Unusual holidays in Spain travel guide
Why sit on a Balearic beach when you could be wandering a dramatic – and still sunny – mountain interior. Why choose a could-be-anywhere hotel when you could pick an off-grid guesthouse with a menu of activities that includes stargazing? Why simply take a walking holiday when you could combine it with Spanish language courses or yoga? And why walk the Camino de Santiago when you could kayak it instead?
Our unusual holidays in Spain open up possibilities that’ll make you rethink how you holiday – all bathed in lush Mediterranean sunshine with passionate local hosts.
These are holidays that offer different perspectives on traditional Spanish holiday options, expand horizons and introduce you to activities you’ve always wanted to try – as well as ideas you’d never thought of before. And they’ll connect you with local people for whom hiking, yoga or simply sharing Spanish culture and traditional hospitality is not just a job but a way of life and a passion. And all still under that sublime Spanish sunshine.
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Going off-gridSick of look-a-like hotels? Try a solar and biomass-powered, family-run guesthouse in the beautiful Altiplano de Granada, a stone’s-throw from some of southern Spain’s most dramatic natural parks – the Sierras de Cazorla and Castril – where the sleepy ambiance of authentic rural Spain couldn’t be further from the Brit-infested buzz of Andalucía’s beaches.
Off-beat combinationsSpice up a Spanish course with salsa lessons, or add yoga classes into your walking trip to help soothe those end-of-the-day aching muscles. These holidays give you the chance to immerse yourself in two contrasting, yet complementary worlds; it could be the intricacies of local culture and sweeping natural beauty, invigorating exercise and deep relaxation, high-adrenaline thrills and intellectual improvement – the choice is almost endless.
Same routes, different waysAvoid the crowds along one of the world’s most famous hikes by kayaking sections of the Camino de Santiago. You’ll still be following a genuine pilgrimage route to the cathedral at Santiago de Compostela – just the at-sea version. Alternatively rather than take to Mallorca’s often overly crowded beaches, explore its dramatic inland mountains – where few tourists venture and local traditions abound.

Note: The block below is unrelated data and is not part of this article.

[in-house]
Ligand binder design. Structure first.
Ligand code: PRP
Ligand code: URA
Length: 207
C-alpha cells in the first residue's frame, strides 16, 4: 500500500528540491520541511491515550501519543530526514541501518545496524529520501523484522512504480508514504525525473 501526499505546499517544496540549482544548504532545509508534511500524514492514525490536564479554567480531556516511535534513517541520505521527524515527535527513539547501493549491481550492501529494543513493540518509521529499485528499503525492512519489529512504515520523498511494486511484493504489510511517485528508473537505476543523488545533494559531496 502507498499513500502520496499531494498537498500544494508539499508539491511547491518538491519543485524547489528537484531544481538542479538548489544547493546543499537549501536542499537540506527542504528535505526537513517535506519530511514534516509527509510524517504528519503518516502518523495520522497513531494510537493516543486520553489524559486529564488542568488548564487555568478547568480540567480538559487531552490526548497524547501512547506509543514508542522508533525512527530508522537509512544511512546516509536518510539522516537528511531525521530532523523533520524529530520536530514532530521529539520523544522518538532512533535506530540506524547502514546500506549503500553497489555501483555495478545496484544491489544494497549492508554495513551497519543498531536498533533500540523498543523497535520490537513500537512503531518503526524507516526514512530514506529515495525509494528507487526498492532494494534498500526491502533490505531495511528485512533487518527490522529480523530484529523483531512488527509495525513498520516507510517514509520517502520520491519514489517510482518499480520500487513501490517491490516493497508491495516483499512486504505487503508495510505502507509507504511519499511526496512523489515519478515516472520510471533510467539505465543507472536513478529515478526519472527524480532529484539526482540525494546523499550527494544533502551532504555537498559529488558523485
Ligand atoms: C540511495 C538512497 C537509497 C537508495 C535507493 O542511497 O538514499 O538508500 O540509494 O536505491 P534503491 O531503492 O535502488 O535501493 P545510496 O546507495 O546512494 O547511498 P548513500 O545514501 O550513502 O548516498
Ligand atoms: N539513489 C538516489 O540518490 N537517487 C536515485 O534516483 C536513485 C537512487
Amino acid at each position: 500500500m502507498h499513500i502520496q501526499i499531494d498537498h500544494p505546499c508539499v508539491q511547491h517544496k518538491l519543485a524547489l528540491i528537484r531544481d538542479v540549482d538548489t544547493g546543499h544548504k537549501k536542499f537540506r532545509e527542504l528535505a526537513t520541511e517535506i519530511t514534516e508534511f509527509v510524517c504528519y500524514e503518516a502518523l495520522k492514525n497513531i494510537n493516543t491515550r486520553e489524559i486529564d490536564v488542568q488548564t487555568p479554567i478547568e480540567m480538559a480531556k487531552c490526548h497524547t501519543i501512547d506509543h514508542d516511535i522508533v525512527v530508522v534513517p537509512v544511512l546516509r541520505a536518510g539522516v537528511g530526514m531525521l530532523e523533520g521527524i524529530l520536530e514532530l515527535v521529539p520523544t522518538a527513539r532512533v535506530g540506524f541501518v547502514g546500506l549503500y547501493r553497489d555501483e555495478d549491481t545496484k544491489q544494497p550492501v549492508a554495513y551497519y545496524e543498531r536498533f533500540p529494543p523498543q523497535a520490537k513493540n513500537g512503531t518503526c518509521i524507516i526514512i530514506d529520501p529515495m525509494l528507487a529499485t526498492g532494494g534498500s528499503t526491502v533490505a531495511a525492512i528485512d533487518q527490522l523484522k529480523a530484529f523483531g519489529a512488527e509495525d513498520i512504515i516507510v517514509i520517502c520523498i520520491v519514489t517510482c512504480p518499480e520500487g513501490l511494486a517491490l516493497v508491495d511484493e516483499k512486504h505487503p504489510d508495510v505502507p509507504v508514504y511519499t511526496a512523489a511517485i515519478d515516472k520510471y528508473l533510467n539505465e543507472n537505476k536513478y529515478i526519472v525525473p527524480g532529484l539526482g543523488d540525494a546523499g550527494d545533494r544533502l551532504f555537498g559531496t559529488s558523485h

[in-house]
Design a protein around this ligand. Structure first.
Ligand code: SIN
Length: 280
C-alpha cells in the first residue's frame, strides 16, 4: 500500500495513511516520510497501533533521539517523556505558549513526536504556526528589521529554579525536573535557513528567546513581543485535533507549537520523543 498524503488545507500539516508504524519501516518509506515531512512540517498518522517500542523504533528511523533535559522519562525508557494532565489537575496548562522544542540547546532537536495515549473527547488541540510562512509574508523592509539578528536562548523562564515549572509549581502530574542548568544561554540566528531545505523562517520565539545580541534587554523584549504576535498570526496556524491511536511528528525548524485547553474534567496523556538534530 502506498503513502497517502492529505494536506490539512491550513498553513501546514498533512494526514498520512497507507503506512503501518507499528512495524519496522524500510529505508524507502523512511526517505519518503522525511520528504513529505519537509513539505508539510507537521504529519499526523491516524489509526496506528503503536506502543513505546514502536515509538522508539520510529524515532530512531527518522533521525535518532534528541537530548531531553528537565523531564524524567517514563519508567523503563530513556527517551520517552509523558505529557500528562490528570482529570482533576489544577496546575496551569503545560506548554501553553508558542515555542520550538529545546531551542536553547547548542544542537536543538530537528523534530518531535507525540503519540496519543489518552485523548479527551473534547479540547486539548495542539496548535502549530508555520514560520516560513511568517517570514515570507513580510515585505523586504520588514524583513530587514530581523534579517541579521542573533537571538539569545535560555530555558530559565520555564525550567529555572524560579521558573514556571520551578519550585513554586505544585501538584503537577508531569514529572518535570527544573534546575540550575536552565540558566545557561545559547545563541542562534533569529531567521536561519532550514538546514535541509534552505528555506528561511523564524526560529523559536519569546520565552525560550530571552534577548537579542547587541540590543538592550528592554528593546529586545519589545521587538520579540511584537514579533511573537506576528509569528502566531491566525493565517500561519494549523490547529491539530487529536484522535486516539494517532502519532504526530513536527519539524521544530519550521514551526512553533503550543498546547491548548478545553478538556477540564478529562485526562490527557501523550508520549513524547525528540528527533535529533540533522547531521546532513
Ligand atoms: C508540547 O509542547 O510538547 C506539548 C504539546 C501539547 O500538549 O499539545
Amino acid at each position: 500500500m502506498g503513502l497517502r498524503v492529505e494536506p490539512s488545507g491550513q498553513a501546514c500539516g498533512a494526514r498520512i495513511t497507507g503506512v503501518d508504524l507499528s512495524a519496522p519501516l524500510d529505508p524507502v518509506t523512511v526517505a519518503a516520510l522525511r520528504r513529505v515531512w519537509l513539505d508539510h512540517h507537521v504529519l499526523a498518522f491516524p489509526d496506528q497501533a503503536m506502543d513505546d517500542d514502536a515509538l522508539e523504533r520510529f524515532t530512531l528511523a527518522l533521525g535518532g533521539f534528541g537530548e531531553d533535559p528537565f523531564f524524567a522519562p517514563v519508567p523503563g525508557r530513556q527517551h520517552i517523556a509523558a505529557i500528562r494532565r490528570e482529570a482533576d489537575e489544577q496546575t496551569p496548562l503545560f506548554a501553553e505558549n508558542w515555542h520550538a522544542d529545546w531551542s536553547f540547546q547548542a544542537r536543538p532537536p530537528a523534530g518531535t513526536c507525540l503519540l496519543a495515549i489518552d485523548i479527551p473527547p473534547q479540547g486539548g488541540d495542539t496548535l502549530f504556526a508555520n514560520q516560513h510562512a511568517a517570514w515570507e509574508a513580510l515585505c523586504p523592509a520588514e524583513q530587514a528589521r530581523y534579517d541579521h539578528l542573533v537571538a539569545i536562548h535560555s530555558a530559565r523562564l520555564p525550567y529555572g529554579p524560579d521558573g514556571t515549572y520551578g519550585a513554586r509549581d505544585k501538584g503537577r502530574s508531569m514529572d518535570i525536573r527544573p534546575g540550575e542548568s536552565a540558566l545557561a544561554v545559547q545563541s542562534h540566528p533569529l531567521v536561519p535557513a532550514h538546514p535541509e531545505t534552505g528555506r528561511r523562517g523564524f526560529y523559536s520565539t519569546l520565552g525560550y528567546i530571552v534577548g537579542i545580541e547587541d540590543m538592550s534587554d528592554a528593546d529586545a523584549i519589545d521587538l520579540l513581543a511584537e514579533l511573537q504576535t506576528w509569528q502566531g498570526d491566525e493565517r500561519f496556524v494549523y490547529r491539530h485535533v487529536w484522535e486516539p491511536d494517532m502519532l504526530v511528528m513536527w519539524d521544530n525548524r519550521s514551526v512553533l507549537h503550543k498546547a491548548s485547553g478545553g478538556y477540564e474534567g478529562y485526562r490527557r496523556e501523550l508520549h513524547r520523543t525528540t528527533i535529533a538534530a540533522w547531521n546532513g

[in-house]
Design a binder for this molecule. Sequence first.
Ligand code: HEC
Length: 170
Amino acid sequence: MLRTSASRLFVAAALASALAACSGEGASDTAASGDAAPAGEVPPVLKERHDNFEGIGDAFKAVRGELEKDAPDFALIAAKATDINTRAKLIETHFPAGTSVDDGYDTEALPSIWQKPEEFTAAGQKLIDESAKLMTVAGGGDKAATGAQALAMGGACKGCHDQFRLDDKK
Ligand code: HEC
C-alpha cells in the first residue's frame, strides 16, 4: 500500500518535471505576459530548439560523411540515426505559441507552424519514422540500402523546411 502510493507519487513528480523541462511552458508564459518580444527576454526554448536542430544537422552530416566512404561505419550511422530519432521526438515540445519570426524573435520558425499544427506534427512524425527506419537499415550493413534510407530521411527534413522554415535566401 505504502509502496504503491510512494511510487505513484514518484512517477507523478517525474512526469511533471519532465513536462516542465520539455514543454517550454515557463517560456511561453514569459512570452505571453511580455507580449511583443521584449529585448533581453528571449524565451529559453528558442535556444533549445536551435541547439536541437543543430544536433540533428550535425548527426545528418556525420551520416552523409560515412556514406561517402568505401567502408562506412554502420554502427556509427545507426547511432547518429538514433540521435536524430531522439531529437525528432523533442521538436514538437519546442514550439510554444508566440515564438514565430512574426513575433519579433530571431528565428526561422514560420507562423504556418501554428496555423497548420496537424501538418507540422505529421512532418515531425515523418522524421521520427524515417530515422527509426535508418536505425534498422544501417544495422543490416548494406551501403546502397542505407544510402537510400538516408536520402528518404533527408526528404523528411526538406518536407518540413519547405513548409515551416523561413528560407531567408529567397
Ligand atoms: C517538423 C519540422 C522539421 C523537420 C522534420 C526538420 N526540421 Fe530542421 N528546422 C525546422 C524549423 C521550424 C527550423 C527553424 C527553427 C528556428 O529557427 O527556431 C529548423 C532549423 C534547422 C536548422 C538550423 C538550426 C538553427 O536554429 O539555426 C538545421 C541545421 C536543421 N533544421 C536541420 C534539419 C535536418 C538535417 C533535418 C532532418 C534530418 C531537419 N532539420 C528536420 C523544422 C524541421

Foodie escapes go beyond sampling a selection of tapas bars by night – instead they offer a hands-on insight into traditional Spanish cuisine. You might be spending time with a local farmer who’s opened up his home to share traditional skills – be it cheese-making or bread-baking, or heading to Andalucía’s Sierra de Aracena for an Iberian ham carving, tasting, production and cooking masterclass.
Unusual activitiesUnusual holidays come with a smorgasbord of activity options. You might be stargazing with an experienced astronomer, taking part in a wellness boot camp, indulging in a detox retreat, or sharpening up your painting and photography skills under the expert eye of a professional tutor.
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Best time to go on an unusual holiday in Spain
There’s no bad time to go on an unusual holiday in Spain – the variety of activities on offer mean there’ll be something exciting awaiting you all year round.
Avoiding the busy summer holiday peak in July and August is less of a concern for unusual holidays in Spain which tend to make use of more off-the-beaten-track areas. So if you’re tied to school holidays, while you’ll still need to book ahead you won’t be bothered by crowds of other families in the Altiplano de Granada or the Picos de Europa. In fact, in the Picos and the Pyrenees June to August tend to be the best time to visit – while the rest of Spain swelters in the Summer heat the mountain air keeps things cooler – around 25°c – and there is less chance of rain. For painting and photography holidays in Andalucía you’ll want to avoid the summer – when sitting outside in the (up to 40°c) heat of the day in June to August can be unbearable, but the April to May springtime brings mountain slopes carpeted in wildflowers and the September to November autumn crystal clear air is filled with migrating birds. Spanish courses run year-round, and for some off-season sunshine consider travelling in winter – November to February – which in the far south are dry and mild with temperatures often remaining around 20°c.
More about Spain unusual
From the Camino de Santiago to Costa Blanca, we reveal our favourite places to do something a little bit different in our unusual holidays in Spain map and highlights.
From a tour focussing on the production, tasting and cooking of delicious Iberian ham to Spanish courses that can be combined with mountain biking, salsa dancing or hiking.